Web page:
6. James gives us the clues we need. First of all, James makes it clear how futile it is to think that we can be saved by our works. He insists that even one single sin on our part is equivalent to breaking the entire law (James 2:10)! Then in verse 14 he asks an explanatory question whether a dead faith can save us? (Can that faith or such a faith save us?) Of course he means, no it cannot. Then in verse 18 he says that a living saving faith is shown by our works. So James is not saying that we are saved by works, rather our obedience is evidence of a legitimate faith.

So, there is, then, a simple way to reconcile faith and works in a way that is faithful to Scripture without making Scripture contradict itself. We are saved by a living faith—that is, one which expresses itself in obedience. Note that this is very different from saying that we are saved by faith plus works or any such construction. We are saved by grace through faith, not of works can we boast.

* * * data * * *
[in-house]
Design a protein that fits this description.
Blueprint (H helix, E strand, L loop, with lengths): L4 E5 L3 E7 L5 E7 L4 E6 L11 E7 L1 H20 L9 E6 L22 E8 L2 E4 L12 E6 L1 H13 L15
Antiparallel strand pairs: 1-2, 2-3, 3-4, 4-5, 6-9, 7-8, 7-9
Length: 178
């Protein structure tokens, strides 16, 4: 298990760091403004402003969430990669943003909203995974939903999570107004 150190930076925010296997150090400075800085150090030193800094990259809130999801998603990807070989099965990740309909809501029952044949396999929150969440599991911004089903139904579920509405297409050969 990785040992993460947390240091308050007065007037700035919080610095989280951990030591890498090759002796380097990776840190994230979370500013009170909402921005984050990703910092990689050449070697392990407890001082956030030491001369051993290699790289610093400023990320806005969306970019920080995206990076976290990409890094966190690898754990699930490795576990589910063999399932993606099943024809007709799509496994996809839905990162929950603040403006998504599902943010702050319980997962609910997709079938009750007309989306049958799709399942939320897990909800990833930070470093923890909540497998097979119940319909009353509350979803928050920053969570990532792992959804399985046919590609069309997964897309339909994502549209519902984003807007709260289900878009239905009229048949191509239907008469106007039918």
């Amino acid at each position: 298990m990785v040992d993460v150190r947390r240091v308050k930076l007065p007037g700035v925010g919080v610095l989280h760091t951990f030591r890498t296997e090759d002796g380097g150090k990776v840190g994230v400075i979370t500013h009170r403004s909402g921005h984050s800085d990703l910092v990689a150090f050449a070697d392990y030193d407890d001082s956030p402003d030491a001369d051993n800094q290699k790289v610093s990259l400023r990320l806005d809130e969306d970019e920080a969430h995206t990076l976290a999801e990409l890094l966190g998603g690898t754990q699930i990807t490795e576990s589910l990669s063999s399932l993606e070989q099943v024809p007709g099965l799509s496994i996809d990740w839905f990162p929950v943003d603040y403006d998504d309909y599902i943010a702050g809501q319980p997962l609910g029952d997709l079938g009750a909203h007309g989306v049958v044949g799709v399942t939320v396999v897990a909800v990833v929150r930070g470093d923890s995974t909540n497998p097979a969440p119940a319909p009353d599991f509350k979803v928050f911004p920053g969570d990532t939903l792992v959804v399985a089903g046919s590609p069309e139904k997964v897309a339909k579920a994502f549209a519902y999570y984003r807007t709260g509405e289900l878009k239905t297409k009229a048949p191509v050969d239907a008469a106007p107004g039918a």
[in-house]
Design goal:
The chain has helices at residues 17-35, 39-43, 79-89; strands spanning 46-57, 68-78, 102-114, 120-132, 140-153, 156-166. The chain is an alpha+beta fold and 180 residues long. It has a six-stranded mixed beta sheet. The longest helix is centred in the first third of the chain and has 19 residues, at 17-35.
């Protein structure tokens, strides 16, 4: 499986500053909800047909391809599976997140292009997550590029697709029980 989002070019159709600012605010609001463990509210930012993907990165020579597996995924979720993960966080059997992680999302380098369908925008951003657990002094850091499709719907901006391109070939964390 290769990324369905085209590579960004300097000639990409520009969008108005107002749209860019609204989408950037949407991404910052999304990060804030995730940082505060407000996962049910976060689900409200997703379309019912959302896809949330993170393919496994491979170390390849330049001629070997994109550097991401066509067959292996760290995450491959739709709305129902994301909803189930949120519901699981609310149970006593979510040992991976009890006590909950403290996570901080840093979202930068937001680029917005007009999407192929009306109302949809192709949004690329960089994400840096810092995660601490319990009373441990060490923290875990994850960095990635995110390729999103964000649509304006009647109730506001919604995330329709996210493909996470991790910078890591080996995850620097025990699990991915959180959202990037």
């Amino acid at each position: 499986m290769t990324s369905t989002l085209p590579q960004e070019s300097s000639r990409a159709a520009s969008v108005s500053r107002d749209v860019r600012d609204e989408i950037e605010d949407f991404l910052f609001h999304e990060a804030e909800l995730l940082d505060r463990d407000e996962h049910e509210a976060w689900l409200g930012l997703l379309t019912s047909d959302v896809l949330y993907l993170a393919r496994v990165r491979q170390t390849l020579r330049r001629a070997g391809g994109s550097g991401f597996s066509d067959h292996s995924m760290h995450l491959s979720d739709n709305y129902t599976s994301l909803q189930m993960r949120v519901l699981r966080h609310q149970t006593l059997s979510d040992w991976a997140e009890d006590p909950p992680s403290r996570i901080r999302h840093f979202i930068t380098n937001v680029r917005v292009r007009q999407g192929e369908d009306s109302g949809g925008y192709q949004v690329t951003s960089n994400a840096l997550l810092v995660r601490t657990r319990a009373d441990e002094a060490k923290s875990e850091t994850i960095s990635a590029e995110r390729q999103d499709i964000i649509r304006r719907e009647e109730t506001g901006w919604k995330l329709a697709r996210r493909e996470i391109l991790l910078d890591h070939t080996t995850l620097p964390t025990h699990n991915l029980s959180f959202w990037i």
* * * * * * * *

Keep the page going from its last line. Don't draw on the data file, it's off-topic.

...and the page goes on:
RT – Okay, you and your “most theologians” remark is to be set aside. Let us consider the context. “Faith is to be understood how? I suggest one’s “subjective” faith, one’s response of the heart to the Lord’s will. It is used that way in 2:14, 17. In 2:18-20 “faith” is used in conjunction with “works” and the two are tied together. “Works” in this particular portion of the chapter is dealing with the good one may do toward another. In 2:21-24 “faith”, “works”, and “Abraham” are all tied together. The Scripture plainly teaches that Abraham was justified by works. The word “justified” means what? Two Greek dictionaries define the word “to declare righteous, justify” (Mounce, p. 374; Vines. P. 625). This notion of “forensic” and “vindication” (as some like to insert here, thus making a distinction) James says nothing about. It forthrightly declares that Abraham was justified by works!